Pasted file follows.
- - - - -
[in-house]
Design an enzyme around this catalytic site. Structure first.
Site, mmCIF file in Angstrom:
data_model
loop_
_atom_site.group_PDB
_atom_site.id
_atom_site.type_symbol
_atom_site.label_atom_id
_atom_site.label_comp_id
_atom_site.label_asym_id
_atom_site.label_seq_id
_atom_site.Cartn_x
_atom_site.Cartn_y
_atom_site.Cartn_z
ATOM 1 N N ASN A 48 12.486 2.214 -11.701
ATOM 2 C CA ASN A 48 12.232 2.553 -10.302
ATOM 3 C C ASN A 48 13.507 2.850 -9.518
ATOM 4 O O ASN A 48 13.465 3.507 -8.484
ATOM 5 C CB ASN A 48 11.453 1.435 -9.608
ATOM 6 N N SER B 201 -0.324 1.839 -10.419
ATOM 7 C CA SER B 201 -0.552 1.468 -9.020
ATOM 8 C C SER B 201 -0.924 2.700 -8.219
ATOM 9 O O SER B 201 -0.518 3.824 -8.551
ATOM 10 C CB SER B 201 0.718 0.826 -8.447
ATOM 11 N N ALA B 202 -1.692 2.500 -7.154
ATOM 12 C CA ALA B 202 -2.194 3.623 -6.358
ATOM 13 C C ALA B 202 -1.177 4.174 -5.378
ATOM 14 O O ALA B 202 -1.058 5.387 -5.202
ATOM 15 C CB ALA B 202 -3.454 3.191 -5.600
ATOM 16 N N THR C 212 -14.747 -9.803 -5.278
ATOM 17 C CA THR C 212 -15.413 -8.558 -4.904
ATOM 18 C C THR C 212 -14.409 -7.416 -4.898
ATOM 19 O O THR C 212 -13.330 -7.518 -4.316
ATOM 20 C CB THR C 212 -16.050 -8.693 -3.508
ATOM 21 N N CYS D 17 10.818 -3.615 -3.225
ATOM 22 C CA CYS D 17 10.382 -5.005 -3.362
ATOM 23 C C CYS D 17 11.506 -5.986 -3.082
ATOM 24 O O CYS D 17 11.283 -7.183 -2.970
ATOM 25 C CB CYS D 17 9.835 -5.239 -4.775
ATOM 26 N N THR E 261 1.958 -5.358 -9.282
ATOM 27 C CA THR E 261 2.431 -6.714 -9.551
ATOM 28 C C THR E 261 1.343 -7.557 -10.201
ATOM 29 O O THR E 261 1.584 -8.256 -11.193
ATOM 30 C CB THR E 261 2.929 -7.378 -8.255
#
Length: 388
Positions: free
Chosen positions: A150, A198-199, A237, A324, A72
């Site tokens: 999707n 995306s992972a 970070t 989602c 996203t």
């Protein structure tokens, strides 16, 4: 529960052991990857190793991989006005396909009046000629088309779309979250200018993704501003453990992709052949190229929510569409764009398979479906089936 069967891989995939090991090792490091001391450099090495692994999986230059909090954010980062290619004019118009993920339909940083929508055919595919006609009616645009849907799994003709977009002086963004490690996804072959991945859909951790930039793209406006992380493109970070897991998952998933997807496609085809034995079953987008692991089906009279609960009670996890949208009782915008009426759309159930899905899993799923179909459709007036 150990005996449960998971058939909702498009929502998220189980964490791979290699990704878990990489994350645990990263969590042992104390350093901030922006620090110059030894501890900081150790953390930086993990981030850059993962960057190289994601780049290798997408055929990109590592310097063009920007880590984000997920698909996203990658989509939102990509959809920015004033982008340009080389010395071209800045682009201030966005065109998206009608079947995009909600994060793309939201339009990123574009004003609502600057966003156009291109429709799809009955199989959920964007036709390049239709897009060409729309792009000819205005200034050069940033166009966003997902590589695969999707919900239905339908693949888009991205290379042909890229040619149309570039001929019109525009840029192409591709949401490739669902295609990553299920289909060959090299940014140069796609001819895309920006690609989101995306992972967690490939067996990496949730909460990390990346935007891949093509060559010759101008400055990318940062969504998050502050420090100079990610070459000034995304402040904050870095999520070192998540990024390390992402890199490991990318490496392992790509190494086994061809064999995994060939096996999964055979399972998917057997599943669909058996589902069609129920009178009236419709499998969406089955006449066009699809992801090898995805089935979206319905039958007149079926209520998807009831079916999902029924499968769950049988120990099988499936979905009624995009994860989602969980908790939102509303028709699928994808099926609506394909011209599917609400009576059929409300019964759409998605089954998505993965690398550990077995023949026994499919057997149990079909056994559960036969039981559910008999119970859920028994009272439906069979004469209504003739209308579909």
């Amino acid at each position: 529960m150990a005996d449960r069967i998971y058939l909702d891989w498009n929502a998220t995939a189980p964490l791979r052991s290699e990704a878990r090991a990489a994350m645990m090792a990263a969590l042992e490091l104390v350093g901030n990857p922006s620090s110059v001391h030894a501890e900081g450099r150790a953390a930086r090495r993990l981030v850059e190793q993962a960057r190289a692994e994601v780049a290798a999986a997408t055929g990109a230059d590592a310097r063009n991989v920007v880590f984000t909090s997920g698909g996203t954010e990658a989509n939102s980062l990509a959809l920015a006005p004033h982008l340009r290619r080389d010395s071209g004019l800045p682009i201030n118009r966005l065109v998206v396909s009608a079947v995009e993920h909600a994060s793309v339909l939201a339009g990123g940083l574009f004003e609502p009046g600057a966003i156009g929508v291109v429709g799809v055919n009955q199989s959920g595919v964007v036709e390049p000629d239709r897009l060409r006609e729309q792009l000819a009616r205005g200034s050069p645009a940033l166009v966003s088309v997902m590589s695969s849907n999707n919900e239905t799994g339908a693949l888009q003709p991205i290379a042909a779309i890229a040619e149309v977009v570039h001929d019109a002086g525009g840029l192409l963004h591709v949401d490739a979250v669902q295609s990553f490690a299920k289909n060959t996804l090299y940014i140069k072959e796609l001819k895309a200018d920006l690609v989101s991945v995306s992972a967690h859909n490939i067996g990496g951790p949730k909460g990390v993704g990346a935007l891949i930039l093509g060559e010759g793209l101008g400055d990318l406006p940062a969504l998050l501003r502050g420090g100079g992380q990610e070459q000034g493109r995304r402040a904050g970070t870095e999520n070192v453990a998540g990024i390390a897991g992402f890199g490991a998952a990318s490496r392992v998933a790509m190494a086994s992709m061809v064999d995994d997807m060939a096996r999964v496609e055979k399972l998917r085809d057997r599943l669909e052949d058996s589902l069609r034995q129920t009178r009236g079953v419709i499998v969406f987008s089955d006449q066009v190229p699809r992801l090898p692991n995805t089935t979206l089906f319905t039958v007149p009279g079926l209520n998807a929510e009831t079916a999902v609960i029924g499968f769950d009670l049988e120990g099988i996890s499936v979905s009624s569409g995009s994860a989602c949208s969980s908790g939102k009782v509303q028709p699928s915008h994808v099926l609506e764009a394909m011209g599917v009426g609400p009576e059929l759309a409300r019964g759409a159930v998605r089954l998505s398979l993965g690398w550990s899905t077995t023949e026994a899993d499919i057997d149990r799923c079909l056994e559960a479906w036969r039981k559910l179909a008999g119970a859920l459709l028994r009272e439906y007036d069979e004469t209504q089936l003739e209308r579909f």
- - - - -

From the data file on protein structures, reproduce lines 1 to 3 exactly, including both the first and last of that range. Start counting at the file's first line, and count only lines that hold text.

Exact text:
[in-house]
Design an enzyme around this catalytic site. Structure first.
Site, mmCIF file in Angstrom: